Deposit on Fishing Nets

The Ocean is waiting for stricter regulations

Dipl.-Ing.(TU) Werner P. Bauer

In my opinion this is not enough: For any non-recyclable rest (as in every processing plant), a thermal recovery is needed.  I believe a complete waste management (material AND thermal recovery) should be a condition for all countries with which EU companies trade plastic fractions. If this is not specified, residual waste from processing inevitably ends up in rivers and the ocean.

Too much waste ends up in the ocean:

Ocean Conservancy writes in its Report "Pandemic Pollution: The Rising Tide of Plastic PPE”, March 2021.  "The COVID-19 pandemic has dramatically increased the use of certain types of plastic products. This includes personal protective equipment (PPE), but also single-use plastic bags, food, and beverage containers and other single-use plastics that can harm our communities and the ocean and present waste management challenges.”  "Data collected by Ocean Conservancy and its global ICC partner network suggest that PPE is making its way into our environment in vast quantities.  Volunteers removed 107,219 items of personal protective equipment (PPE) from beaches and waterways worldwide in second half of 2020."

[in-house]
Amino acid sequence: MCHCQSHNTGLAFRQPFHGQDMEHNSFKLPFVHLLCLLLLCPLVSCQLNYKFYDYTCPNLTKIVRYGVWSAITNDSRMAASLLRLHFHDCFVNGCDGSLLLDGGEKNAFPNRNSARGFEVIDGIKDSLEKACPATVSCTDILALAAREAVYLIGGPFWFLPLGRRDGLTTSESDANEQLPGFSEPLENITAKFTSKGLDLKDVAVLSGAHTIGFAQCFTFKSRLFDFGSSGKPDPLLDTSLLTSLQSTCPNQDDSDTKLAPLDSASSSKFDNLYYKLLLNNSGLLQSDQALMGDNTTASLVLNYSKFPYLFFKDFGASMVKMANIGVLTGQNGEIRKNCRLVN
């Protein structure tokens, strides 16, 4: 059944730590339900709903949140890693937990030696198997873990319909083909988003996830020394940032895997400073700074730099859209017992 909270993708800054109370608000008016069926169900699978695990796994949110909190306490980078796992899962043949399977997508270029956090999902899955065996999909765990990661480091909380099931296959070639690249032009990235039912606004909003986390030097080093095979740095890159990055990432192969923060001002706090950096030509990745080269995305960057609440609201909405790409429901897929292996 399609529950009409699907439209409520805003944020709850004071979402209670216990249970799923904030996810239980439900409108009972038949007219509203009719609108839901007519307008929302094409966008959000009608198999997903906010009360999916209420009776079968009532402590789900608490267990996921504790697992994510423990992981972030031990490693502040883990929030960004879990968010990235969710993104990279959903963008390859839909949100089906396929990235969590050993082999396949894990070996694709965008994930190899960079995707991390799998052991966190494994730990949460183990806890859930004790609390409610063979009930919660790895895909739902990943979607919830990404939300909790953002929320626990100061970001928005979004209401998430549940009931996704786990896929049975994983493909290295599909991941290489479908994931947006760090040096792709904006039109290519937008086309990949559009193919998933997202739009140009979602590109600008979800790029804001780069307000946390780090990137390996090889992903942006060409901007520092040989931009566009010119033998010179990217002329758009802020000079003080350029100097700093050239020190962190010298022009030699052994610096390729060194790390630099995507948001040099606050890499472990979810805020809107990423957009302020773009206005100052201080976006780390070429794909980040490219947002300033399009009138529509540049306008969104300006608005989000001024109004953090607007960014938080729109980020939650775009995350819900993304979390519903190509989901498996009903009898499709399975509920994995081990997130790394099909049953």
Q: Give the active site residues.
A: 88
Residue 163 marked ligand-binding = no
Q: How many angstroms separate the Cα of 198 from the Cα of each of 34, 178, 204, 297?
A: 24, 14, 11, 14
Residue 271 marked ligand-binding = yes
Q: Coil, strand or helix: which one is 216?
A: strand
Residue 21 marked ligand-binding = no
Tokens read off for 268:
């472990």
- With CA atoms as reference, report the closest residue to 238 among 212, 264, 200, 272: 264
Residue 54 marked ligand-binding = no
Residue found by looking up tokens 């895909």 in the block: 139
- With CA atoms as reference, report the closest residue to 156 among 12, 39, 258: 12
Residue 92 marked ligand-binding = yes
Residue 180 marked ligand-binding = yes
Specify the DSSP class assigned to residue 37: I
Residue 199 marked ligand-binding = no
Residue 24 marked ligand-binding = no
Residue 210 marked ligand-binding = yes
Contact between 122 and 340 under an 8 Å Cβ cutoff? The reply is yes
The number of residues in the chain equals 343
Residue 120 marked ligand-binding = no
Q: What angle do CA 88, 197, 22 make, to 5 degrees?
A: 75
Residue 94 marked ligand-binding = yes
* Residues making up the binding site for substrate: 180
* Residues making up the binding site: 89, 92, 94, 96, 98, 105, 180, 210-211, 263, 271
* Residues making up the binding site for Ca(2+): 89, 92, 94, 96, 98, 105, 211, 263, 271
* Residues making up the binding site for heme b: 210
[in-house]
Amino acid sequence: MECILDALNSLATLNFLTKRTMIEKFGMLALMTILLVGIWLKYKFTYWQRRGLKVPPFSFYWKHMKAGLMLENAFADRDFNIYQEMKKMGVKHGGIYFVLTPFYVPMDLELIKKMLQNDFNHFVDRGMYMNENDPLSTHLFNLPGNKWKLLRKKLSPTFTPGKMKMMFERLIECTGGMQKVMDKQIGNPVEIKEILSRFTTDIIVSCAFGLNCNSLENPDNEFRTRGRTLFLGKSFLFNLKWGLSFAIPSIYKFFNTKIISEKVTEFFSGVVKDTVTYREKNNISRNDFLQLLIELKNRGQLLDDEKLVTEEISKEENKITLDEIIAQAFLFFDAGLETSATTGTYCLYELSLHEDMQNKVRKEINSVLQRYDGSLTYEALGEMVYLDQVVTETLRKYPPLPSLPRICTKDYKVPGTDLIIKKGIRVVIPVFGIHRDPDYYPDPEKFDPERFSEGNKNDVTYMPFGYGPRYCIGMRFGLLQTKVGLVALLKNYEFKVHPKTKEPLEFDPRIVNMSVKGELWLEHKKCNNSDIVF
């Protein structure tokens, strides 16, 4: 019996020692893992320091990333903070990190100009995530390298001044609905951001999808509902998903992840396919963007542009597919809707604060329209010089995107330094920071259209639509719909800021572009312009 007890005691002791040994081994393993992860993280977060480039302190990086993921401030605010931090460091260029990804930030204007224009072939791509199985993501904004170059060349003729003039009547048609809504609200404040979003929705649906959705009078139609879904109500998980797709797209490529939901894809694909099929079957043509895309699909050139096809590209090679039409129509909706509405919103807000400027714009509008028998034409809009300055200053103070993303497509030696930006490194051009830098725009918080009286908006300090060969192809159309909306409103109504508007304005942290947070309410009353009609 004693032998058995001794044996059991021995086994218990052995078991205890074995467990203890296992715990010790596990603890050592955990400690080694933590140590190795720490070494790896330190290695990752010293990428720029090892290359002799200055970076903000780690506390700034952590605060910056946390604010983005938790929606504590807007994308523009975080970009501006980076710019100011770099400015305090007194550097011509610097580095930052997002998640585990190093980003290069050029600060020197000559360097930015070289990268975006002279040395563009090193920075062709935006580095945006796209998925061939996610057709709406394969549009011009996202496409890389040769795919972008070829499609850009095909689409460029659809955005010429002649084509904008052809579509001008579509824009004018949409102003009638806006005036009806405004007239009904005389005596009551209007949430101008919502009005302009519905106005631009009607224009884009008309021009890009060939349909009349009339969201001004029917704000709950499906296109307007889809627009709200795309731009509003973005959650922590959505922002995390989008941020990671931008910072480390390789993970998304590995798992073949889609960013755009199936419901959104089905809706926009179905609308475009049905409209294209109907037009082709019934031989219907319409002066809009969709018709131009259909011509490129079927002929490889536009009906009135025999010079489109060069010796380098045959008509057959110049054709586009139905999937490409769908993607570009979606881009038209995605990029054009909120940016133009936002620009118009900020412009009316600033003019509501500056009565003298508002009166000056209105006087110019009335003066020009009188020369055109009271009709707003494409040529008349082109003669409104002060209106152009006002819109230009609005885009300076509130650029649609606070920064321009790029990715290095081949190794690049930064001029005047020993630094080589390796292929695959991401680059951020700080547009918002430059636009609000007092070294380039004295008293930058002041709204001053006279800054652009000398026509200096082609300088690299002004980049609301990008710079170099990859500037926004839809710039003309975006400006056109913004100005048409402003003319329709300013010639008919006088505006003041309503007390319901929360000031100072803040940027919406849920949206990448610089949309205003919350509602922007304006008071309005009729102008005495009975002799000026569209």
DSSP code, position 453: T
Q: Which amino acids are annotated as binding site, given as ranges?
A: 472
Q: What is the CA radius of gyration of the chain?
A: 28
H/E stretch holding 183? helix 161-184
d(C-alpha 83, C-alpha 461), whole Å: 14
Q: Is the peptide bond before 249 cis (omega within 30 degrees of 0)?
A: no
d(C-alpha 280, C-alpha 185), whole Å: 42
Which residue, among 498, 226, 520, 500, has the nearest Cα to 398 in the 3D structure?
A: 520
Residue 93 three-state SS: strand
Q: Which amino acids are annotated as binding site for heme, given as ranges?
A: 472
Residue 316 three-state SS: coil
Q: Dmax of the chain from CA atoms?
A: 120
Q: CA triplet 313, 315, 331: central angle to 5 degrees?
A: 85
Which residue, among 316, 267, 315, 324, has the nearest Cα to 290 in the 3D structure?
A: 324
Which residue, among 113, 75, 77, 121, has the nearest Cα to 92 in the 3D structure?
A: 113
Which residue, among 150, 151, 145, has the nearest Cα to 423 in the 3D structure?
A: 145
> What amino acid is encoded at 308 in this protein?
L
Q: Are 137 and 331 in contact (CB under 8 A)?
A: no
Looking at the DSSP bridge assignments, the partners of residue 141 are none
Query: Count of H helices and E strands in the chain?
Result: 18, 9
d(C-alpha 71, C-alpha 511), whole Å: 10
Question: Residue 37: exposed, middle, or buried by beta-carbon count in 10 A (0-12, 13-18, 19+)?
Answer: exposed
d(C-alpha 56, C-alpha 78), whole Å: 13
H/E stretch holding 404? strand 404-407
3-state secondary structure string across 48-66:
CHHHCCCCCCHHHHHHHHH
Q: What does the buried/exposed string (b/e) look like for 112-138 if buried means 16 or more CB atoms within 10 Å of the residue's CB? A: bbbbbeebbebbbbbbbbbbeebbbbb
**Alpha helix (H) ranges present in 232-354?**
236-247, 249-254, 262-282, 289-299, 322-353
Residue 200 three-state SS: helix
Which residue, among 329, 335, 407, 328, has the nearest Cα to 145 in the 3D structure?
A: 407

Pollution, climate change, and overfishing significantly threaten marine life.  Even if the figures vary between 46% (Seaspiracy, Netflix) and 10% (Greenpeace), the discarding of fishing nets is a substantial part of this marine pollution.  Please let me know if any large-scale measures or legislative initiatives have already been introduced in this regard. From my point of view, a mandatory deposit on fishing nets could quickly remedy the situation.  After all, only if it is worthwhile to salvage and return a broken net will it not remain in the sea. 

Anyone who understands producer liability as one of the basic principles of the Circular Economy and is interested in finding a solution must include this.


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